Happy Feet (2006) – on rental. There were two Penguin-esque animated films released within 9 months of each other just 3 years ago: one was Happy Feet, the other Surf’s Up – and that’s not counting still Madagascar which had a bunch of four militant penguins in a big supporting role. Though visually the two films look very different, thematically they’re really quite similar: both films are about odd balls fitting in.
The story starts with a love match between Norma Jean (voiced by a raspy-sounding Nicole Kidman) and Memphis (Hugh Jackman with an Southern drawl), two penguins in a colony of Emperor penguins. When mama Jean leaves the colony with the other females to fish, daddy Memphis stays behind to guard their growing egg. In a moment of carelessness as a result of his love for singing, Memphis drops the egg in a freezing winter blizzard. When the egg hatches, Mumble (Elijah Woods) pops, and it’s discovered that the new chick can’t sing – unlike all the other penguins. Instead, Mumble dances.
Happy Feet is a bizarre film. The visuals are stylized after realism: there are spots in which the creatures and critters are so beautifully rendered and animated you’d be wondering if you’re watching live footage instead. And while I’m not a penguin expert, the film introduces several elements by way of its narrative and visuals that seem accurate to the the real living conditions and behaviors of penguins. Like the kind of predators they face, or how they court, or family and societal responsibilities within the larger colony. And most significantly, the film has a lot of singing and dancing, and with the swooping in camera-work Happy Feet looks a lot like a Bollywood film.
The voice-work is also a highpoint in the film. Apart from Kidman, and Jackman, almost unrecognizable are veteran actors Hugo Weaving who does a Scottish-sounding change-resistant Penguin Elder, and Robin Williams who does two roles: a Latino fast-talking Adelie penguin, and a penguin Cult Leader. And talking about Adelie penguins, there’s a bunch of Adelie ‘amigo’ penguins in the film, and their bachelor and jock jokes are crazily hilarious. The cast of well-known actors in the talent group apparently did their own singing too.
Unfortunately, Happy Feet has huge problems. The film is clearly pro-liberal which is fine by me but also unnecessarily littered with anti-Christian allegories and racial stereotypes. Even those I can live with, but from online discussions Happy Feet has offended a lot of people with its in-your-face preaching.
The film instead for me gets hit by a double failure-whammy elsewhere. Firstly: the realistic visuals work… until human beings get introduced into the story. Curiously, human beings were filmed against obviously computer-generated backgrounds and then inserted into the film. This visual design decision goes well-against the norm for modern animated films established since Who Framed Roger Rabbit which did the reverse, but it didn’t work for me: the computer-generated visuals and live footage just doesn’t blend well in Happy Feet.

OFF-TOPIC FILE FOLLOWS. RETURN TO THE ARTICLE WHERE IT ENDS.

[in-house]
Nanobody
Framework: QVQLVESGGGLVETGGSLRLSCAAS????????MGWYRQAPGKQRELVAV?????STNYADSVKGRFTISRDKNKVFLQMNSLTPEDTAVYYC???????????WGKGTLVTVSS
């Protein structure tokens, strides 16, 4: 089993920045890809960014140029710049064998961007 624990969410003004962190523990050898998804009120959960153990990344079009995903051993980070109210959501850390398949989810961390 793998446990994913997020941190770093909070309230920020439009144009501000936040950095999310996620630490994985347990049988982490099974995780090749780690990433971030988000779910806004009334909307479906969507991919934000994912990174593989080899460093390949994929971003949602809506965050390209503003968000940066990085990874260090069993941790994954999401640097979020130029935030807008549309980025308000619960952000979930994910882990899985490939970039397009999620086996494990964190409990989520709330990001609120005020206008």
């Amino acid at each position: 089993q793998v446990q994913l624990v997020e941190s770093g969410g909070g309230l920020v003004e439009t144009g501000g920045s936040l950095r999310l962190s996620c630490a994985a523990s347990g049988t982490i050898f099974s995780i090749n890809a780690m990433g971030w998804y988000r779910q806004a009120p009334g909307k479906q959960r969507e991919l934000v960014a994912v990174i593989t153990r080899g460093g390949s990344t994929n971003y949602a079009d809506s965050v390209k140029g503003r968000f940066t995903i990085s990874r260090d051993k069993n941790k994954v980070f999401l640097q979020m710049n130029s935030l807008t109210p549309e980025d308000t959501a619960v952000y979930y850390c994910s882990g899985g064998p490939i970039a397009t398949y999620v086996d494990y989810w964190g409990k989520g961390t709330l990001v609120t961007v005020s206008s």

More seriously however is that the story is let down by both a rushed and absurd ending. Happy Feet runs for 108 minutes – long compared to the typical run length of 90 minutes for an animated film. There’s enough material for the first 90 minutes so that the story moves along steadily: but the last 15 minutes tries to resolve a key predicament that would normally have taken half the running length of any other animated film to do so.
What we end up with is a resolution that takes a huge leap from believability to disbelief and skipping a lot of steps in between – which involves a single odd ball penguin’s ability to somehow transpose dancing into a sophisticated message of “We are starving because you are overfishing” and thus influence what seems like the United Nations. Of human beings…!
So, in the world of Happy Feet, penguins dance because they are starving, and the humans somehow get that. Just Wow. The transition from realism to the fantastic and how the story comes to a screeching halt in the last 15 minutes is just shocking.
I’m not sure what happened, but I’m guessing that the story writers had written themselves into the corner that they didn’t have enough film time to develop a more natural conclusion to the setup. The ending spoils what is otherwise a terrifically fun and entertaining ride.
In sum: great for the first 90 minutes or so, utterly disappointing in the last 10 – and maybe enough to leave you with a sour taste, or even offended depending on your religious sentiments.